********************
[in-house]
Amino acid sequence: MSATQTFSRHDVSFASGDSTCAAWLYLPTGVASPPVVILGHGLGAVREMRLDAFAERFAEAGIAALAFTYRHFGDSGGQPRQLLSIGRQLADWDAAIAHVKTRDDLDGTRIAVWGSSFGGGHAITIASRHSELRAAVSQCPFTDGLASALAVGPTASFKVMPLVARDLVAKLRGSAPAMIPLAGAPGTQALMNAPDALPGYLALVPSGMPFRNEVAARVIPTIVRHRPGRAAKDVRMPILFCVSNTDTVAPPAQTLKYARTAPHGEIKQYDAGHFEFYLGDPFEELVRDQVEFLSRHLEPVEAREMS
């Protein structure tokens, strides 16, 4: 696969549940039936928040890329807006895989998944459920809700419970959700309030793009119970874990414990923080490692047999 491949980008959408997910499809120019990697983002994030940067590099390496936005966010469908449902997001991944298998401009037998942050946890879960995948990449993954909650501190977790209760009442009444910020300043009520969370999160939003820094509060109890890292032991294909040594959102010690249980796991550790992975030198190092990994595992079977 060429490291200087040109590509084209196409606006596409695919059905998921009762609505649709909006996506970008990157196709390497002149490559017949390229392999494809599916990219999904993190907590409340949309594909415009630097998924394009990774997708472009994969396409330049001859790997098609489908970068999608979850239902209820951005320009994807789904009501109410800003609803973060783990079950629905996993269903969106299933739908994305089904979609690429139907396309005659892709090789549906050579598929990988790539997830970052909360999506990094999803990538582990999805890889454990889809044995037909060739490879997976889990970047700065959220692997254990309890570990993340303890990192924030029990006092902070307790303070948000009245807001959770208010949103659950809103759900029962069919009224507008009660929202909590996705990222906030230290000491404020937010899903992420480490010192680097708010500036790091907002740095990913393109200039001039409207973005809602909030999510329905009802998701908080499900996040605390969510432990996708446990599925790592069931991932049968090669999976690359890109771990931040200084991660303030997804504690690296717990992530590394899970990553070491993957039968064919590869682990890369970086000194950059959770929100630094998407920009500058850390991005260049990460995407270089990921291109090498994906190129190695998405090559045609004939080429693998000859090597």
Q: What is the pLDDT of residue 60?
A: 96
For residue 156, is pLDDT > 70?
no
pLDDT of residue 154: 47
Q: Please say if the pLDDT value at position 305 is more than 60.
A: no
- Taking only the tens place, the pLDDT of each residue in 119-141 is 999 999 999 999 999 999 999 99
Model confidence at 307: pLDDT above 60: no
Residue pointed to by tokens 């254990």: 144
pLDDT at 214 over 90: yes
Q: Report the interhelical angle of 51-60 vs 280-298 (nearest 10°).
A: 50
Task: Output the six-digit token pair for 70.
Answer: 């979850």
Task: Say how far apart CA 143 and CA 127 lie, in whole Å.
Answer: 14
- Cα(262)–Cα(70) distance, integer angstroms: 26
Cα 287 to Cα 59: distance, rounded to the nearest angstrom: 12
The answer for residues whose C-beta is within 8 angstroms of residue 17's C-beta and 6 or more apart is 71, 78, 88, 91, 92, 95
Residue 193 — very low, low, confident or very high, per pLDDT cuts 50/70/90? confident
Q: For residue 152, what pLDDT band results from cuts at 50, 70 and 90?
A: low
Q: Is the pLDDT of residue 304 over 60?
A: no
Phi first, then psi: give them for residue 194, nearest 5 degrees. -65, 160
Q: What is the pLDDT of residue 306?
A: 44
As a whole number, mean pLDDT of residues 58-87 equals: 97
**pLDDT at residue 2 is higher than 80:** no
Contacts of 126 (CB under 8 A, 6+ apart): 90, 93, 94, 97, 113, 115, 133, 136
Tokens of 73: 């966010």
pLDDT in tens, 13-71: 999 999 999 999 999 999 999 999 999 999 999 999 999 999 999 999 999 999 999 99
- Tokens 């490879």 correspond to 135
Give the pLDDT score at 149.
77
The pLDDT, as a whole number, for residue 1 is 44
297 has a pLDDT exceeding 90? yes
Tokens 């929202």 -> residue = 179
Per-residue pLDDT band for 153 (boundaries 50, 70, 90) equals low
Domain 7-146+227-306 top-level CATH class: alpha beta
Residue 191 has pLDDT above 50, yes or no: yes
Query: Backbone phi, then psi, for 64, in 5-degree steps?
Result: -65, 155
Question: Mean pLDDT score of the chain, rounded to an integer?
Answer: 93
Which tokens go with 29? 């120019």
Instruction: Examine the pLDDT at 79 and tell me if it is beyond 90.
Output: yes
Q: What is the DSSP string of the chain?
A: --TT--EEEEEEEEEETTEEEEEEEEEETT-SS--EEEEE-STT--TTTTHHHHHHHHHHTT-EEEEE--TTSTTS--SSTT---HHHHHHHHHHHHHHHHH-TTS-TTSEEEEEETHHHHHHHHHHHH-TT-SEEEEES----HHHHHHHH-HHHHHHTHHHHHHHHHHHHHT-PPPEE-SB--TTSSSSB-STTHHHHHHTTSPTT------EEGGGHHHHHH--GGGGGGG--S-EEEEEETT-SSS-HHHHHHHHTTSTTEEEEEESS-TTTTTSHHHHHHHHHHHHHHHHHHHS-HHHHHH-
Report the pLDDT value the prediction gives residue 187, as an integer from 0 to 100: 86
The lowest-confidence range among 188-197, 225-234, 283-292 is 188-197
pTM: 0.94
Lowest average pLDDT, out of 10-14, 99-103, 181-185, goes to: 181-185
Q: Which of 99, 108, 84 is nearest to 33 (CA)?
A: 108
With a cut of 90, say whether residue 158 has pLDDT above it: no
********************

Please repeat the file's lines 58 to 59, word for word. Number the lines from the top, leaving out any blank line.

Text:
Lowest average pLDDT, out of 10-14, 99-103, 181-185, goes to: 181-185
Q: Which of 99, 108, 84 is nearest to 33 (CA)?